Three new timepieces have arrived, and they’re braced for an inevitably passionate exchange of opinions amongst collectors. The Calatrava collection is, on the one hand, deeply rooted in the history of Patek Philippe. Describing it as an ‘entry-level line’ is actually out of the question, because everything that distinguishes the manufacture and makes it so highly respected can be found in the Calatrava models. On the one hand, part of the self-image of the models is that they are actually noticeable for their restraint.
Yet it is precisely in this regard that the three new variations of the Reference 6007 take a somewhat different approach, featuring bright yellow, red or sky-blue accents. On the other hand, Patek Philippe is not prepared to hesitate in the face of tradition; rather, the courage to use colour stands for a pursuit of the future, for a constantly evolving design language, and for a new generation of what is still a very classic three-hand watch.
Yellow, red, and light blue: Calatravas with sought-after predecessors
The new references 6007G-001 (yellow), 6007G-010 (red) as well as 6007G-011 (sky blue) are ultimately the precious metal successors of the 6007A-001, which was presented in 2020 following the completion of the new 600-million-franc manufacture building in Plan-les-Ouates. Steel, limited to 1,000 pieces and grey-blue in colour, it was coveted by collectors, sold out virtually on the day of its introduction, and is now traded on the pre-owned market at a significant premium to its then selling price of 25,506 euros. Read all about the Limited Editions here.
Housed in a white-gold case, all variations share an ebony-black dial, featuring a modern-looking carbon structure in the centre. This motif was first introduced in the limited edition 6007A, and was then later found last year in the Reference 5935A, the World Time Flyback Chronograph. The latter featured a rose-gold dial, and according to Patek Philippe, the pattern gives the watch ‘a modern and dynamic touch’. On the three new Calatravas, this pattern is now even embossed on the calfskin straps. Perhaps this is done in the spirit of ‘two is better than one’ – or it’s simply because the appealing quadrangular carbon look is to become an integral part of the dynamic, younger models.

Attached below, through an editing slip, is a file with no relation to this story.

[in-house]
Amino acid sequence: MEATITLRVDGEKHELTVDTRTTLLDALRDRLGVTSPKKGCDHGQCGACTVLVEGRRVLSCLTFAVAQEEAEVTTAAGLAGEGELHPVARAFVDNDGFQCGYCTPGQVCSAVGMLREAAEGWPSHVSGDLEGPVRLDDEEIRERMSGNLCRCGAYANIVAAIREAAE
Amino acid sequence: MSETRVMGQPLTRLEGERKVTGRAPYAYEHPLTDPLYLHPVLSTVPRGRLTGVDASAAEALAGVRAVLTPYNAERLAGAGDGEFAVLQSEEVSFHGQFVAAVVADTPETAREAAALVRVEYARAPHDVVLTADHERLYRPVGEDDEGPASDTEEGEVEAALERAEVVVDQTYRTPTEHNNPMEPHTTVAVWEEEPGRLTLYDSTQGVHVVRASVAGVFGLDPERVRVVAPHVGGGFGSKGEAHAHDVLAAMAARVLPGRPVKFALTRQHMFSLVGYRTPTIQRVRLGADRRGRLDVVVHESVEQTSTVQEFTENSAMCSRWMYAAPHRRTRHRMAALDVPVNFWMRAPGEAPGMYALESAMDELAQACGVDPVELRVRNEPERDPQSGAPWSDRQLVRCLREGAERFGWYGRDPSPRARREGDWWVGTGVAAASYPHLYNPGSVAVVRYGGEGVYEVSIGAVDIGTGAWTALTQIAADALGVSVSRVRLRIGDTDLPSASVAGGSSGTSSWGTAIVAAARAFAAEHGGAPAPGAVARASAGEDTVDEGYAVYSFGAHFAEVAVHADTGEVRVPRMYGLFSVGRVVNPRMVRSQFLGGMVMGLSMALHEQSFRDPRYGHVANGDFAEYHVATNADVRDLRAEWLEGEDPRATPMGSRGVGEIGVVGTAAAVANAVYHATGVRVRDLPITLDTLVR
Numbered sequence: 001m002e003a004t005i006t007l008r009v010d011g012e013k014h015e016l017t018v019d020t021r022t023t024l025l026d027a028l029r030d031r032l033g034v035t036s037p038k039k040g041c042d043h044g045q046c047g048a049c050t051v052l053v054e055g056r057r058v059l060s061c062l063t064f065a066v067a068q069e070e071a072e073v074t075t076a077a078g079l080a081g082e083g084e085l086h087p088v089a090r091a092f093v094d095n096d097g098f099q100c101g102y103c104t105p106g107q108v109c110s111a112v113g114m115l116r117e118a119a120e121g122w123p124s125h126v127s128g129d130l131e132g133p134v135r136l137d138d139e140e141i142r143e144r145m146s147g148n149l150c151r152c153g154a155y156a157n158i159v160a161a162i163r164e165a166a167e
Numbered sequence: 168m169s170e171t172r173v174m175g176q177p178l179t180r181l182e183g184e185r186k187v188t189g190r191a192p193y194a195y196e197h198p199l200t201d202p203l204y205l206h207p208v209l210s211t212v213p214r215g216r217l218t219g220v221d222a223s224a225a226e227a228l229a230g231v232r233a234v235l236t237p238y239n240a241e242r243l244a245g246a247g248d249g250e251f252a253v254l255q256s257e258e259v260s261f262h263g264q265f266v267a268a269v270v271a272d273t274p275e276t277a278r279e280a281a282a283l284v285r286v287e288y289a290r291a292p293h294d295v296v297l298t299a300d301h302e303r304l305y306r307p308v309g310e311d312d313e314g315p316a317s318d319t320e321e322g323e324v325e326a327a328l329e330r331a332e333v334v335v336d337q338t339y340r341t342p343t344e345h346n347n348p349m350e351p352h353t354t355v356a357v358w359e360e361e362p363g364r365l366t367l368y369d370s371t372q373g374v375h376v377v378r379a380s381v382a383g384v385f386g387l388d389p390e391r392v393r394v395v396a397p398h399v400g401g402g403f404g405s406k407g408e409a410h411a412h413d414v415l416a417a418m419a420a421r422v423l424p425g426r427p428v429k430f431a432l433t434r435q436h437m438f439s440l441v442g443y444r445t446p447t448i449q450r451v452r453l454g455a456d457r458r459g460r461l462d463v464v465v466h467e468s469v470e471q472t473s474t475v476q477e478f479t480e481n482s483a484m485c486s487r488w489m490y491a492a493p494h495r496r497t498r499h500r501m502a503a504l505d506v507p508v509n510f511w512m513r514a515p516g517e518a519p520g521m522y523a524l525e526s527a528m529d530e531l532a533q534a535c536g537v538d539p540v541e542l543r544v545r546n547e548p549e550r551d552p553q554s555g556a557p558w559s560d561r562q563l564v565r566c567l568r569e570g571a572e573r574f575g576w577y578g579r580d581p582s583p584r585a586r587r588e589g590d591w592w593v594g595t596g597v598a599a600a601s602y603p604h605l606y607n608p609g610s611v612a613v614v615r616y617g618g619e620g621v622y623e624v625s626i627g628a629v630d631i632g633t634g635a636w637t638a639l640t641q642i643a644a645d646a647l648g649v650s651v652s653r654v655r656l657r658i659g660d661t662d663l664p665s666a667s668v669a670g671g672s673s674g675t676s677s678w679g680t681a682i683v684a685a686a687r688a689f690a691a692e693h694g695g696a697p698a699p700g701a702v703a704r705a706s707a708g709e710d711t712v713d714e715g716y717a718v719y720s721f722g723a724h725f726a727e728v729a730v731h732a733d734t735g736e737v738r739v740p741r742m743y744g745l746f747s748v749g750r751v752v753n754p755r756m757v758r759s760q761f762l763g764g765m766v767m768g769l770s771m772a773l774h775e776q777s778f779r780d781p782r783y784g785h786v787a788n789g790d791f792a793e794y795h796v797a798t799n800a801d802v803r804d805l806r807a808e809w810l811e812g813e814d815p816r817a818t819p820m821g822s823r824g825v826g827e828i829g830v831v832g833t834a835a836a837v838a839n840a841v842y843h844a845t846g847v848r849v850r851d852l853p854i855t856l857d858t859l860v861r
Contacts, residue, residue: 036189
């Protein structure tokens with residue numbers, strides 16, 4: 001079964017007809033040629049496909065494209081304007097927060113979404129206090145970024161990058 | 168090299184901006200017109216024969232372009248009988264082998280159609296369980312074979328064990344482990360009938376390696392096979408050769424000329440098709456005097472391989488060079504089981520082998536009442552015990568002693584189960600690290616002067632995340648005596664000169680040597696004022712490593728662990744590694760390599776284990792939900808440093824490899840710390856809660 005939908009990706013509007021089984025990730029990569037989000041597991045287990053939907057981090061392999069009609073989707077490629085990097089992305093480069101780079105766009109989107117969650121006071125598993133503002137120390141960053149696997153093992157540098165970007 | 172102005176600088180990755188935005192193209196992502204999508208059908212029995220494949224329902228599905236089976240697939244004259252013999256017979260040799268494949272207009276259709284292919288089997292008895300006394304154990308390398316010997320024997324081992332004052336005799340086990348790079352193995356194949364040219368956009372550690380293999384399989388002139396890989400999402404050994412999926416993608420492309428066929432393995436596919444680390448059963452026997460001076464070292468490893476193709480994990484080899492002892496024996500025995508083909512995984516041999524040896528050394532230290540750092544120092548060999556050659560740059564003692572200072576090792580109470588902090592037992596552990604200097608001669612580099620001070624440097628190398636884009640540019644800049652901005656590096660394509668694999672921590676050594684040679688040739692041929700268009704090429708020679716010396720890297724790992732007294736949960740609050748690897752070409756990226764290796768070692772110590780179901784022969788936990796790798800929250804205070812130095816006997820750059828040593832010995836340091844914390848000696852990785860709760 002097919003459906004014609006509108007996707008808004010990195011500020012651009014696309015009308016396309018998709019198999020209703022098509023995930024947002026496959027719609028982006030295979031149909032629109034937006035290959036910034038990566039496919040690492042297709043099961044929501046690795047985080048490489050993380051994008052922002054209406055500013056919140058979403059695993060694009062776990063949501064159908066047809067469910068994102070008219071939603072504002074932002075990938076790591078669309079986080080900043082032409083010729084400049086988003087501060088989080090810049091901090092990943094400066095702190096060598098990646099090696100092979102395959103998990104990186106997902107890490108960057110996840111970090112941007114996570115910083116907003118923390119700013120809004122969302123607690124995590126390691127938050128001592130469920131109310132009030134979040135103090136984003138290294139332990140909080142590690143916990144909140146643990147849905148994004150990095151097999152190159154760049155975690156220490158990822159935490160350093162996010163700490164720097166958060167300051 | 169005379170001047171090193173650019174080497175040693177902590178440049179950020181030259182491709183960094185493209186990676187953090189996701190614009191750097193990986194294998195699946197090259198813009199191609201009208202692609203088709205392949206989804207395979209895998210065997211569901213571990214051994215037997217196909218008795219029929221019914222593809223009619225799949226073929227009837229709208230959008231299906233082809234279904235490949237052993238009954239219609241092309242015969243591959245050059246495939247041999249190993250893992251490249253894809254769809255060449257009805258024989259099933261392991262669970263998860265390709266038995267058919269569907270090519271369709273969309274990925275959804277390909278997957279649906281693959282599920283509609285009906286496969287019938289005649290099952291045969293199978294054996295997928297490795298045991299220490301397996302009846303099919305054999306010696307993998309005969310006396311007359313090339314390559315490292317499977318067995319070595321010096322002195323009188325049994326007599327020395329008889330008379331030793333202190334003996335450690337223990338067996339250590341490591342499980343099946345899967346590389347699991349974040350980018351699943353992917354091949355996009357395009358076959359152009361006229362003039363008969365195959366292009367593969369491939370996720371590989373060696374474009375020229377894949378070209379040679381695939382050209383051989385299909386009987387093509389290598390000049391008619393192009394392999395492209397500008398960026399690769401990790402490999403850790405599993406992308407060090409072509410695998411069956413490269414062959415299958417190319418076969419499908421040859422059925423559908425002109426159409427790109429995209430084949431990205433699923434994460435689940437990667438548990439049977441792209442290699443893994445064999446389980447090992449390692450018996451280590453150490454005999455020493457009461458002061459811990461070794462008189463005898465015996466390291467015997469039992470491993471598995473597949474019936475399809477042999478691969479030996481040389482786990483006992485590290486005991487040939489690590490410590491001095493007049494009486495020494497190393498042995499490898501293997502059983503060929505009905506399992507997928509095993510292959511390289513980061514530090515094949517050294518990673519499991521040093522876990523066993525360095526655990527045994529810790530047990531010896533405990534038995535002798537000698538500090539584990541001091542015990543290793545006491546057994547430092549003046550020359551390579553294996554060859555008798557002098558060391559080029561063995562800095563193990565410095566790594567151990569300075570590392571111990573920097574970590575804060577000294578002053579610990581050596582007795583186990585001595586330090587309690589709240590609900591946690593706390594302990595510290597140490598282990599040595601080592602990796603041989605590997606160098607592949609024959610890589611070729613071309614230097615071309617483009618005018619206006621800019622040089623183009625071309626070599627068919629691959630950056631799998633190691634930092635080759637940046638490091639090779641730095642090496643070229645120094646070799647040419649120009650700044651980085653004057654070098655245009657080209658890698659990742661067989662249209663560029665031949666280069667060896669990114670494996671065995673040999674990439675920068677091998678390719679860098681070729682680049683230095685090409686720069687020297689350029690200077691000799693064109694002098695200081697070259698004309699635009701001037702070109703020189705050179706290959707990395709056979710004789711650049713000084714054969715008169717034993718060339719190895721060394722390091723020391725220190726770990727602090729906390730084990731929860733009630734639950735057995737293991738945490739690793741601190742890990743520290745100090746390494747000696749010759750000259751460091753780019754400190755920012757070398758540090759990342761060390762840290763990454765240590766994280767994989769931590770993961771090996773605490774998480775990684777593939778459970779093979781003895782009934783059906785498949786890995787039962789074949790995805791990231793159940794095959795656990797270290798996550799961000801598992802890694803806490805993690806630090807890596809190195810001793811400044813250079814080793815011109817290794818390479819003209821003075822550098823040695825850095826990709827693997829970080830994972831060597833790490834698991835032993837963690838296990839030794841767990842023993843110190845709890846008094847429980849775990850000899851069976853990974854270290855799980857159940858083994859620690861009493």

At three o’clock, these Calatravas feature a date display, while the Arabic numerals are luminescent, as are the hour and minute hands. The contemporary 40-mm diameter and height of around ten mm also look good on slimmer wrists. The white-gold models are powered by the automatic calibre 26-330 S C, which also distinguishes them from the steel 6007, which still relies on the well-known calibre 324.
The trend towards colour
All in all, the three novelties are a prime example of ‘small cause, big impact’. The contrasting-coloured stitching on the bracelet, the vibrant second hand and the yellow, red or sky-blue accents on the minute and hour tracks give these Calatravas a very unique, modern look. The Patek Philippe collector community is likely to discuss how colourful a watch from the house should be. Another related topic will be whether Geneva will follow the trend and, albeit with a little delay, enter the waters of the coloured Rolex Oyster Perpetuals, which have inspired a wide variety of brands from Breitling to Seiko.
One thing is certain, however: small colour accents are nothing new in the recent history of Patek Philippe. One need only look at the Grandes Complications of the horology house and at models such as the Reference 5470P, the monopusher chronograph with 1/10th of a second and red tenth of a second hand, or the 5373P, the split-seconds monopusher chronograph with perpetual calendar for left-handers, which has also been given a touch of red. Splashes of colour have also been allowed for one-off pieces in the past. Moreover, hardly any brand has inspired the desire for models with a sky-blue colour theme as much as Patek Philippe itself, with the infamous Tiffany & Co. blue Nautilus.
Calatrava models for the next generation
What Patek Philippe is presenting here is thus anything but the exotic relatives of the stock-conservative Calatrava family. They are models that are presumably intended to appeal to a younger generation of collectors. They are three-hand watches that can still be worn with a suit, but they also go well with a more relaxed outfit. They are without question the sportiest Calatravas by far, and they certainly prove that if anyone can square the circle, it’s going to be the future-focused traditionalists surrounding the Stern family.